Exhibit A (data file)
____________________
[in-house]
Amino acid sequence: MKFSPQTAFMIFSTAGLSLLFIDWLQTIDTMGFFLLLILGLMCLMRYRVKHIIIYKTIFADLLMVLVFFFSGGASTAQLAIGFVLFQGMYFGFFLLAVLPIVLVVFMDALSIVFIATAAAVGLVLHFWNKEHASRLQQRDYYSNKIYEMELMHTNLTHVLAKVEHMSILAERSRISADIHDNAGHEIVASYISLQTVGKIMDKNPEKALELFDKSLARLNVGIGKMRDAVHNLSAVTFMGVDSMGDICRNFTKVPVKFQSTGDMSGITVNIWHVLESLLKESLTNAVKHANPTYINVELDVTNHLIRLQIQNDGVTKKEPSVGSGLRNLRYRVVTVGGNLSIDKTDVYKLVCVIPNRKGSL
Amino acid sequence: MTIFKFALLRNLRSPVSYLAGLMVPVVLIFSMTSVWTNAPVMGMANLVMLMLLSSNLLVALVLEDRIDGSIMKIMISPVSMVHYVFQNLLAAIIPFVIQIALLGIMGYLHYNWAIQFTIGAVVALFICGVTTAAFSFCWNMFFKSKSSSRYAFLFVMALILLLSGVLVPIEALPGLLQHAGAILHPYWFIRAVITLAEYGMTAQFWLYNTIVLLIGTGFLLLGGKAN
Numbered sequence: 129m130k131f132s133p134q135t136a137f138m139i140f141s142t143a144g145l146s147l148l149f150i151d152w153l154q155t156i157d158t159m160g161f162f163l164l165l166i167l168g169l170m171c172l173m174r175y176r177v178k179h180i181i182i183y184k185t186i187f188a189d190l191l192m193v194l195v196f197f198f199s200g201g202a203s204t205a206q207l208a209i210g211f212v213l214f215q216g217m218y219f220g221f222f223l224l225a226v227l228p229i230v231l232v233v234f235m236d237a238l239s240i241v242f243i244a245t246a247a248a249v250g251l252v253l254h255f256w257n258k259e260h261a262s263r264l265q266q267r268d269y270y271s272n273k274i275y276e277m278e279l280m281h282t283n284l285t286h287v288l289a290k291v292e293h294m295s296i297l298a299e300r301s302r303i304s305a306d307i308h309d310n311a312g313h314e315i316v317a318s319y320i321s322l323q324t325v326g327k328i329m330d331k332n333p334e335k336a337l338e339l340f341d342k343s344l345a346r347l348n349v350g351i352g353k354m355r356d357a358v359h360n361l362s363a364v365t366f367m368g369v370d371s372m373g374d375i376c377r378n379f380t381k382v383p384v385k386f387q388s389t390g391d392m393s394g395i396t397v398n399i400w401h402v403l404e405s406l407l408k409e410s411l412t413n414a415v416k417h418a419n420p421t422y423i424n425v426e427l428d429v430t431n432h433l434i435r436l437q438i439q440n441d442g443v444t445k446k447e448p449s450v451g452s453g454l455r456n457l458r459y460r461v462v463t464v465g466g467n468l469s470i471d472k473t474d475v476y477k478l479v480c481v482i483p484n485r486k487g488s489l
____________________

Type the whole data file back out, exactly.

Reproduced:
[in-house]
Amino acid sequence: MKFSPQTAFMIFSTAGLSLLFIDWLQTIDTMGFFLLLILGLMCLMRYRVKHIIIYKTIFADLLMVLVFFFSGGASTAQLAIGFVLFQGMYFGFFLLAVLPIVLVVFMDALSIVFIATAAAVGLVLHFWNKEHASRLQQRDYYSNKIYEMELMHTNLTHVLAKVEHMSILAERSRISADIHDNAGHEIVASYISLQTVGKIMDKNPEKALELFDKSLARLNVGIGKMRDAVHNLSAVTFMGVDSMGDICRNFTKVPVKFQSTGDMSGITVNIWHVLESLLKESLTNAVKHANPTYINVELDVTNHLIRLQIQNDGVTKKEPSVGSGLRNLRYRVVTVGGNLSIDKTDVYKLVCVIPNRKGSL
Amino acid sequence: MTIFKFALLRNLRSPVSYLAGLMVPVVLIFSMTSVWTNAPVMGMANLVMLMLLSSNLLVALVLEDRIDGSIMKIMISPVSMVHYVFQNLLAAIIPFVIQIALLGIMGYLHYNWAIQFTIGAVVALFICGVTTAAFSFCWNMFFKSKSSSRYAFLFVMALILLLSGVLVPIEALPGLLQHAGAILHPYWFIRAVITLAEYGMTAQFWLYNTIVLLIGTGFLLLGGKAN
Numbered sequence: 129m130k131f132s133p134q135t136a137f138m139i140f141s142t143a144g145l146s147l148l149f150i151d152w153l154q155t156i157d158t159m160g161f162f163l164l165l166i167l168g169l170m171c172l173m174r175y176r177v178k179h180i181i182i183y184k185t186i187f188a189d190l191l192m193v194l195v196f197f198f199s200g201g202a203s204t205a206q207l208a209i210g211f212v213l214f215q216g217m218y219f220g221f222f223l224l225a226v227l228p229i230v231l232v233v234f235m236d237a238l239s240i241v242f243i244a245t246a247a248a249v250g251l252v253l254h255f256w257n258k259e260h261a262s263r264l265q266q267r268d269y270y271s272n273k274i275y276e277m278e279l280m281h282t283n284l285t286h287v288l289a290k291v292e293h294m295s296i297l298a299e300r301s302r303i304s305a306d307i308h309d310n311a312g313h314e315i316v317a318s319y320i321s322l323q324t325v326g327k328i329m330d331k332n333p334e335k336a337l338e339l340f341d342k343s344l345a346r347l348n349v350g351i352g353k354m355r356d357a358v359h360n361l362s363a364v365t366f367m368g369v370d371s372m373g374d375i376c377r378n379f380t381k382v383p384v385k386f387q388s389t390g391d392m393s394g395i396t397v398n399i400w401h402v403l404e405s406l407l408k409e410s411l412t413n414a415v416k417h418a419n420p421t422y423i424n425v426e427l428d429v430t431n432h433l434i435r436l437q438i439q440n441d442g443v444t445k446k447e448p449s450v451g452s453g454l455r456n457l458r459y460r461v462v463t464v465g466g467n468l469s470i471d472k473t474d475v476y477k478l479v480c481v482i483p484n485r486k487g488s489l